How can I get a green card? 12 Answers as of September 12, 2011

What are the chances of getting my green card if my husband was in jail for 5 years for robbery without any weapon and he just got out of prison?

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All American Immigration
All American Immigration | Tom Youngjohn
Chances are not that bad, with an experienced immigration attorney. It's always smart to get a second opinion.
Answer Applies to: Washington
Replied: 9/12/2011
Law Offices of Peter Y. Qiu
Law Offices of Peter Y. Qiu | Peter Y. Qiu
Although one's criminal conviction does not necessarily deprive him or her from petitioning his or her relatives for immigration benefits, I believe that it is in your best interest to consult an attorney who practices immigration law to determine whether your husband may be in a position to file an immigrant petition for you.
Answer Applies to: Illinois
Replied: 9/8/2011
Reza Athari & Associates, PLLC
Reza Athari & Associates, PLLC | Reza Athari
The only crimes that make a US citizen ineligible to petition their spouse, are child related crimes.
Answer Applies to: Nevada
Replied: 9/8/2011
Frazier, Soloway & Poorak, P.C.
Frazier, Soloway & Poorak, P.C. | David Nabow Soloway
Generally, a U.S. Citizen's criminal conviction history will have no impact upon his ability to successfully apply for his wife to adjust status to become a Lawful Permanent Resident (to get a "Green Card"). His criminal conviction history may, however, interfere with his ability to become employed with sufficient income to meet the support obligations in a family-based immigration adjustment of status application - resulting in a need to have a joint sponsor with sufficient income. Additionally, his recent imprisonment may make it particularly challenging to provide persuasive documentary evidence that the couple is living together in a bona fide marriage. It would be wise to engage an immigration attorney to assist with these issues.
Answer Applies to: Georgia
Replied: 9/8/2011
Joseph Law Firm
Joseph Law Firm | Jeff Joseph
If your husband is a U.S. citizen, his criminal history is not relevant to his ability to petition for you unless his crime was one involving sexual abuse of minors in which case he would be subject to the Adam Walsh Act. If his offense was robbery, he is still able to petition for you despite his criminal record.
Answer Applies to: Colorado
Replied: 9/8/2011
    Matthew I. Bernstein, Attorney At Law
    Matthew I. Bernstein, Attorney At Law | Matthew Ian Bernstein
    In a case like this its important to at a minimum, consult with an immigration attorney to review both parties criminal background as well as other factors. Generally speaking, a U.S. Citizens crminial background is not a factor in the filing of a petition on behalf of his or her spouse, but there are some exceptions.
    Answer Applies to: Illinois
    Replied: 9/8/2011
    Law Offices of Grinberg and Segal
    Law Offices of Grinberg and Segal | Alexander Segal
    The fact that your husband has a criminal record will not necessarily impact your ability to receive a green card. I assume your husband will be petitioning for you to receive immigration benefits. USCIS may examine his criminal record to the extent that he poses a danger to you. In limited circumstances, USCIS can deny a petition where the petitioner could be a danger to the beneficiary. However, we would need more details about the criminal conviction to determine what impact, if any it would have on the case. The only other impact will be to your ability to show the marriage was bona fide. While not impossible, it can often be more difficult when a couple lives apart. You may also need a co-sponsor for the affidavit of support if our spouse has not been earning sufficient income to support you.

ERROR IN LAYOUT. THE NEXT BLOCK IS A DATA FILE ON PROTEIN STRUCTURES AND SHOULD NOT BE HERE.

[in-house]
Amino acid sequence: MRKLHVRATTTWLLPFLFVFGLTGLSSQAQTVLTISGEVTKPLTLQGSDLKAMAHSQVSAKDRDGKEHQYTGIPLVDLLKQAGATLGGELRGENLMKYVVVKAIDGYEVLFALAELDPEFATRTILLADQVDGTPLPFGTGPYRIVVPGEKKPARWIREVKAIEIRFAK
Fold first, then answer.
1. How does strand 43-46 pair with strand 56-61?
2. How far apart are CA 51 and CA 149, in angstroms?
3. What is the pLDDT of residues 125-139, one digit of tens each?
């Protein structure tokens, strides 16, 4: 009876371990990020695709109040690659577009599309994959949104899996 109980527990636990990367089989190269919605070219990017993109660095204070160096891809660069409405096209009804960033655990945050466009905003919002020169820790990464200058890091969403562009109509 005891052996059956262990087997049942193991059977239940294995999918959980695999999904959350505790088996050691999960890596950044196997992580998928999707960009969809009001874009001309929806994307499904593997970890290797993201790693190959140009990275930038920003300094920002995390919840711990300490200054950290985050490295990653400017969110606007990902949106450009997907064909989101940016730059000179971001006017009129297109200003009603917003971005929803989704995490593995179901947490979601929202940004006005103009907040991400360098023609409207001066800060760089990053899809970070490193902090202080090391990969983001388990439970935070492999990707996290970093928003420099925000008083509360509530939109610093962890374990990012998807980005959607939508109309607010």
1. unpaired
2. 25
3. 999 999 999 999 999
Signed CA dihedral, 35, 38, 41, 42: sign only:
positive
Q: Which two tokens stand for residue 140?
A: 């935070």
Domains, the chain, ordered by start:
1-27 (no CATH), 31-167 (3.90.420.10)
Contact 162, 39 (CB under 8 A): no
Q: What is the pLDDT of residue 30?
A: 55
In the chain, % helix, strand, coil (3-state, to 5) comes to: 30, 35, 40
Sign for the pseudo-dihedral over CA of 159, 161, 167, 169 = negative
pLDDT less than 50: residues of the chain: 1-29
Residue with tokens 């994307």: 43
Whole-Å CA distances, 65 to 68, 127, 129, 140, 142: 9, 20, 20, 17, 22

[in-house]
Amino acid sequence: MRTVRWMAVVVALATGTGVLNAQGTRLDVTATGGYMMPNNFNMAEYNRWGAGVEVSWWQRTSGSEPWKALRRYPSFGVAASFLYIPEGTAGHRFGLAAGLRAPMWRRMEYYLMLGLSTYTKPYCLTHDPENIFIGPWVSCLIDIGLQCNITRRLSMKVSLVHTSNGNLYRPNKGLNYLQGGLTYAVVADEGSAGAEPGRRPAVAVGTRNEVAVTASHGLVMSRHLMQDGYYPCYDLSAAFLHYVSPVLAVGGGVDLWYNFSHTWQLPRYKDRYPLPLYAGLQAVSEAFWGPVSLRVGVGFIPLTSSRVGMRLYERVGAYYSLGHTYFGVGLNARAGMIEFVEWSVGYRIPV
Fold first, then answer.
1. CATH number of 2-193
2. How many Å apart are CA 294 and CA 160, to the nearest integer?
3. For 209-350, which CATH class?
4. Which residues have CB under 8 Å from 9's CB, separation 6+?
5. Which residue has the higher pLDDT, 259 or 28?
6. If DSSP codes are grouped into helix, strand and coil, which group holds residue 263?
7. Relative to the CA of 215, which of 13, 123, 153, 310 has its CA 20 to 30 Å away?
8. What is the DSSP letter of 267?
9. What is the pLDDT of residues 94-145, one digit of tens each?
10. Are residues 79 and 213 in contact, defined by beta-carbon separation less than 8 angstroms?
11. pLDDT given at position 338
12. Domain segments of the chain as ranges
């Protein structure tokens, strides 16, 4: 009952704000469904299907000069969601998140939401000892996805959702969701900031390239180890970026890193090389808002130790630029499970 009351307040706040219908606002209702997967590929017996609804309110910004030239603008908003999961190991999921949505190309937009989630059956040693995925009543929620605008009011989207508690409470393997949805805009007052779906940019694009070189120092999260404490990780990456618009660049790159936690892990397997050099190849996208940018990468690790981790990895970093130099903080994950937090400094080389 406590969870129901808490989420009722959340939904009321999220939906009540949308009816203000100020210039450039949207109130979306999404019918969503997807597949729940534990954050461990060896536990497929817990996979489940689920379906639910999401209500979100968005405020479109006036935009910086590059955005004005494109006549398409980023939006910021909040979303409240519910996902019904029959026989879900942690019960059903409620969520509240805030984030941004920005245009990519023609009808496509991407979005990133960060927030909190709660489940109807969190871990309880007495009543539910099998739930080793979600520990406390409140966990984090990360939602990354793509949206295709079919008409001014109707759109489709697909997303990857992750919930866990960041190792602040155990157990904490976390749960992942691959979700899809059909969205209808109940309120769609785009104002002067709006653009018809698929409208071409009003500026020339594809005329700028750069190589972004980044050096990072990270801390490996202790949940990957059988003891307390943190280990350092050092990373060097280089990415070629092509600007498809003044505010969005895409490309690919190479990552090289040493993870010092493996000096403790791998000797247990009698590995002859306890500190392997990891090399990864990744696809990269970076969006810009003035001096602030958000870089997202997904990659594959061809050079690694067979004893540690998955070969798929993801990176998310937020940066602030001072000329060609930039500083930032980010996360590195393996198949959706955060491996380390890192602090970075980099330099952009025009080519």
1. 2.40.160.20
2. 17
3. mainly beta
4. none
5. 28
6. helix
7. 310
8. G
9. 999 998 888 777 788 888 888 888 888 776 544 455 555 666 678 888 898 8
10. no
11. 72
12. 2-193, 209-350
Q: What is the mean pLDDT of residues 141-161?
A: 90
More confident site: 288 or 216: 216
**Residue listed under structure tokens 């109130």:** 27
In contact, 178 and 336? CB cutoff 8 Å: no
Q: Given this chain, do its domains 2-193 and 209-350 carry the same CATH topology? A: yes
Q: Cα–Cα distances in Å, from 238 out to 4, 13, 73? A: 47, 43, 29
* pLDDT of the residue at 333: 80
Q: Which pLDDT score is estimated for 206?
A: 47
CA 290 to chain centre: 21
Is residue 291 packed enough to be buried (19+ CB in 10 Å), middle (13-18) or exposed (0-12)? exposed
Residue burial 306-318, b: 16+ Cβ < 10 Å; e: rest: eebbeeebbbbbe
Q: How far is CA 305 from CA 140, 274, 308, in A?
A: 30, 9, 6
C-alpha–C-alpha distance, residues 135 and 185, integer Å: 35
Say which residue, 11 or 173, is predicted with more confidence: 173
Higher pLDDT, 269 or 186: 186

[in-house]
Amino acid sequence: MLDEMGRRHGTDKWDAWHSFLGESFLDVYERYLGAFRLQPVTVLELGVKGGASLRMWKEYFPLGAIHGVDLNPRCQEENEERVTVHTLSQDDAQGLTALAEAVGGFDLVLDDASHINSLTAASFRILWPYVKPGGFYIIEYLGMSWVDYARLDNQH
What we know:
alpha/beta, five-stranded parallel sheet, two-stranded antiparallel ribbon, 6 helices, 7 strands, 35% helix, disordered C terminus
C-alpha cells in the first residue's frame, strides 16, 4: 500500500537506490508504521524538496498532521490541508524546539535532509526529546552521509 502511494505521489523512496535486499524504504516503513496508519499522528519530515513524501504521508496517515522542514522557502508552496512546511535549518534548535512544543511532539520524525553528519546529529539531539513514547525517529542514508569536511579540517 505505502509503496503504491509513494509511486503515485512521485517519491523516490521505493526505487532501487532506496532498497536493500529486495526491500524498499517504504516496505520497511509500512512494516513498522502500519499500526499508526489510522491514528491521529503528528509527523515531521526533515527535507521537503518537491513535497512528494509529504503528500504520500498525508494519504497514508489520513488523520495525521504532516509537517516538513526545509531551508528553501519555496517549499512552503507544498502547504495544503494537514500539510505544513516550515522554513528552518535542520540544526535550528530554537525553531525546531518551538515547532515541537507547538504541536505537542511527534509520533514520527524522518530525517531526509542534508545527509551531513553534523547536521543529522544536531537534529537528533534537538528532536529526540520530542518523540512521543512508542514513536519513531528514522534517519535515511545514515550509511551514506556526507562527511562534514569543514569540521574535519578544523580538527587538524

Answer Applies to: New York
    Replied: 9/8/2011
    Law Office of Immigration & International Trade Law
    Law Office of Immigration & International Trade Law | Linda Liang
    It depends. You should talk to a lawyer with all your facts about your marriage. Your husband has to be the petitioner, but the problem is his credibility is shattered. You really need a lawyer to help you. You are welcome to contact our firm for assistance.
    Answer Applies to: Florida
    Replied: 9/8/2011
    Law Office of Ruby L. Powers | Ruby L. Powers
    If he is the US citizen and you otherwise qualify, you have a good chance. He has to petition for you and then file for adjustment of status. You should consult an immigration attorney for a legal consultation.
    Answer Applies to: Texas
    Replied: 9/8/2011
    Fong & Associates
    Fong & Associates | William D. Fong
    His criminal record is generally unrelated to his ability to petition for you unless they are certain sex crimes or involving minors as related to the Adam Walsh Act. Are you eligible for adjustment of status? Are you currently in lawful status? You do not mention your manner of entry, any immigration violations, etc.
    Answer Applies to: Texas
    Replied: 9/8/2011
    Versfeld & Hugo, LLC
    Versfeld & Hugo, LLC | Leon Versfeld
    I take it your husband is the US Citizen and will be sponsoring you? If so, there maybe a few obstacles to overcome but you should be able to get it done.
    Answer Applies to: New York
    Replied: 9/8/2011
    Feldman Feldman & Associates, PC
    Feldman Feldman & Associates, PC | Lynne Feldman
    Is your husband a U.S. citizen or other status? If he is a U.S. citizen and the marriage is still valid, we would then need to evaluate your immigration history to determine eligibility. Primarily you will need a legal entry (even if overstayed), no serious criminal record yourself, no prior deportations. Best is always to schedule an individual consultation so we can look at the facts of your case.
    Answer Applies to: California
    Replied: 9/8/2011
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